Facebook’s move to fulfill its ambition to be the personal “newspaper” for its billion-plus members is likely to mean more woes for the ailing news media. Company founder Mark Zuckerberg told a forum in early November that his goal is to make Facebook’s news feed “the perfect personalised newspaper for every person in the world”. Zuckerberg said that while a newspaper provides the same information to every reader, Facebook can tailor its feed to the interests of the individual, delivering a mix of world news, community events and updates about friends or family.
It’s a different approach to newspapering. It’s neither good nor bad, but it’s something a traditional newspaper can’t do.
Ken Paulson, dean of communications at Middle Tennessee State University
With Facebook, editorial decisions about what members see are made not by a journalist, but an algorithm that determines which items are likely to be of greatest interest to each person. This may concern the traditional journalism community, but even some media experts acknowledge that Facebook appears to be able to deliver more of what people want to see, in an efficient way. Facebook is a source of news for at least 30 per cent of Americans, and a major driver of traffic to news websites, according to a Pew Research Center study. This gives the social network enormous power over the news media, which is increasingly dependent on traffic from Facebook and other social platforms.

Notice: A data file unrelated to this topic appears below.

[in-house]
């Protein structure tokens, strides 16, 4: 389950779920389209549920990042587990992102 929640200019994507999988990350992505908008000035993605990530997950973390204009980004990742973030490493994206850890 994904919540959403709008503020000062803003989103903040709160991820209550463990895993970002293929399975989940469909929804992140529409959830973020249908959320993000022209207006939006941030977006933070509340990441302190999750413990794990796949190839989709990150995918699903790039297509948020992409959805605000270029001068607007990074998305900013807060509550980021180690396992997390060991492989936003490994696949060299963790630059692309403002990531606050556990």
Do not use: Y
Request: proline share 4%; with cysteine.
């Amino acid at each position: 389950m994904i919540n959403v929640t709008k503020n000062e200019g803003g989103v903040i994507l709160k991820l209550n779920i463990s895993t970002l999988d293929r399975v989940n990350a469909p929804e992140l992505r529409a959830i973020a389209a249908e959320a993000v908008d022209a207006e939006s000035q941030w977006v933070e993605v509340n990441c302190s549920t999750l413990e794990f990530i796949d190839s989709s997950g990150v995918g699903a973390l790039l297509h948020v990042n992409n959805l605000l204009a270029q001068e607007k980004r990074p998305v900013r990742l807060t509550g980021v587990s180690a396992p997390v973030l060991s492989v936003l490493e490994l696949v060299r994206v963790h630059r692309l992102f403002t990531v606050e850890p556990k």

What’s scary is how reactive a position it puts news organizations, which are trying to guess Facebook’s next move. That’s a lot of power to put in a single organization.
Nikki Usher, a George Washington University journalism professor